Everfrost is a symphonic power metal band from Lapland, Finland. The band was formed in 2015 and nowadays consists of a quintet of musicians, in no particular order: Mikael Salo as lead vocalist, Markus Laito on lead guitar and as vocalist, Benji Connelly on keys, Jope ‘James’ Salminen on drums and Allan C. Hasanen on bass. They have been rather busy in the four years of their existence, unleashing a variety of releases onto the world. Their debut was a full-length called Blue Eyed Emotion in 2015, after which an EP, a single and a live album were released. Now the guys are ready to let the world get acquainted with their latest work, which comes in the form of another full-length they have baptized Winterider. According to the guys they drew their inspiration from an original fictional universe and judging by the cover Manga plays an important role as well, which at times is even audible in their music, although I don’t know if that was intentional. Want to know what I mean? Give album closer A Whisper in a Frozen Tale a spin and you’ll know what I am talking about here.
But no need to jump to the end just yet, back to the start of Winterider. The opener which also serves as title song sets the tone with its unmistakable and thus rather predictable power metal structure. It’s most certainly not a bad song, but in my opinion it misses that little something extra to allow me to call it great. The same can be said from the next three songs, Juhannus (midsummer) in January, Chainlace Angel and Actraiser. They too are actually pretty good songs, but nothing makes them really stand out. And then things seem to change, as far as I’m concerned the poison is in the tail here, as with the intro of Cold Night Remedy the atmosphere turns a bit more sinister, making things less tame and giving this song a bit more bite and darkness. Of course it still is power metal by the book, but the extra bite is definitely an addition and, to me personally, an improvement of my listening experience.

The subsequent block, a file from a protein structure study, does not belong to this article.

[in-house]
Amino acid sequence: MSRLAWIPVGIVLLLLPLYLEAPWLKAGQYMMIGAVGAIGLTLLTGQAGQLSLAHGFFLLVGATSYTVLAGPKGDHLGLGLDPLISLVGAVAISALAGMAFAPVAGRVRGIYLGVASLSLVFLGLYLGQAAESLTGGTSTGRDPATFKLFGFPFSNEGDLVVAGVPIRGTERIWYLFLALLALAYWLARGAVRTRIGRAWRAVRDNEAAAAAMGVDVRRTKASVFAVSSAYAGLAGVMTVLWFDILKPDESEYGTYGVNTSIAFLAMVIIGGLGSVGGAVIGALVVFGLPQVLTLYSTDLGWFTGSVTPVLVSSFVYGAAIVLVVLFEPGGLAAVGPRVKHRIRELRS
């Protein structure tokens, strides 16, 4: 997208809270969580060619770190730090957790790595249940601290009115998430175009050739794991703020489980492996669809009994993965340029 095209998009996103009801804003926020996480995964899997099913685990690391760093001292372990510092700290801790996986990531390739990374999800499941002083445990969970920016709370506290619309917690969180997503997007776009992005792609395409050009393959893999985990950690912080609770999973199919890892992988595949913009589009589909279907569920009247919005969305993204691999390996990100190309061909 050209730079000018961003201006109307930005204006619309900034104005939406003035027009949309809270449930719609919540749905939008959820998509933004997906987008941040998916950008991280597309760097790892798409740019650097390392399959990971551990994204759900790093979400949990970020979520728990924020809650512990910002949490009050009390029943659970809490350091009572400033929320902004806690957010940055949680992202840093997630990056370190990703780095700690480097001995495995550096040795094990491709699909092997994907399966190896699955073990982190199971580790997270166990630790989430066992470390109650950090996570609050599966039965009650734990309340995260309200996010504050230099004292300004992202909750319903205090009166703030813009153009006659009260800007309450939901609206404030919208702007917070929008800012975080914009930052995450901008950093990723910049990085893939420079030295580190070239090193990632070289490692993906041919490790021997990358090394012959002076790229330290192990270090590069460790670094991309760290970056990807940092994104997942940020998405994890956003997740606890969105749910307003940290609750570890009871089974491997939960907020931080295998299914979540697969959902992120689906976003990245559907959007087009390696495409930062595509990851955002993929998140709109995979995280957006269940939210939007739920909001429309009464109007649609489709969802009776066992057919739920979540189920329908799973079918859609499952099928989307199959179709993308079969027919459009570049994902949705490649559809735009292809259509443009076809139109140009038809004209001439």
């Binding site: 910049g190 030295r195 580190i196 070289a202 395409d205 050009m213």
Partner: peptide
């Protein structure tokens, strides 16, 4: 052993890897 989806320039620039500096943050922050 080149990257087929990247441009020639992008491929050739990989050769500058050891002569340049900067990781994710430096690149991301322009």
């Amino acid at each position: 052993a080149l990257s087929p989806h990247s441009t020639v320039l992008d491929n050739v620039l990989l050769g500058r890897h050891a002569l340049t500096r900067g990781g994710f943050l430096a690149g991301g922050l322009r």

This dark edge remains for the majority of the remainder of Winterider, though not always as present as in this song. Brandy and Antifreeze (interesting title and concept I might add…) and the inevitable ballad, this time called Above the Treeline, do have some of that darker vibe as well, both are great songs with plenty to enjoy even after a couple of spins. And let’s not forget to mention Darkwoods Drain Backwaters, which has Dragonforce-like speed and power in it, making this song distinctly stand out from the rest of the songs on Winterider. All in all a pretty powerful and strong second half of this release. There is one exception though, and that is the cover of Ke$ha’s Die Young. You might think this doesn’t sound like nor seem an obvious choice, and you are definitely right, but I won’t go as far as saying it sticks out like a sore thumb, because that would be quite exaggerated. It’s a rather well-executed cover and if anything it’s way better to digest than the original, but it does not have the extra bite I got used to later in this album.
So, Everfrost’s power metal ticks all the boxes, which could very well be a godsend for all power metal fans, but which at the same time could prove to be their weakness when it comes to growing into an overall metal force to be reckoned with. I think we can all agree some aspects of power metal are a bit of an acquired taste, especially the specific type of vocals and the rather wild, seemingly random use of overpowering keyboard parts. In all honesty though, Mikael’s vocals are in general far from extreme, making them more accessible than the high-pitched vocals that are common in this genre and the amount of overly dominating keyboard riffs is limited. On top of that, regardless your attitude toward the genre, musically there’s not much to put at fault here. Then finally add to this that a mildly cheesy, somewhat dutiful sounding start is followed by a strong second half of the album and it’s safe to say this album actually turns out to be quite enjoyable. If they manage to keep this up and don’t resort to the power-as-power-should-be metal, they could end up finding themselves high in the ranks of metal acts. So fans of the genre will probably be over the moon with this, to people who do not consider power metal their cup of tea this could still be a pleasant ride and thus worth their time.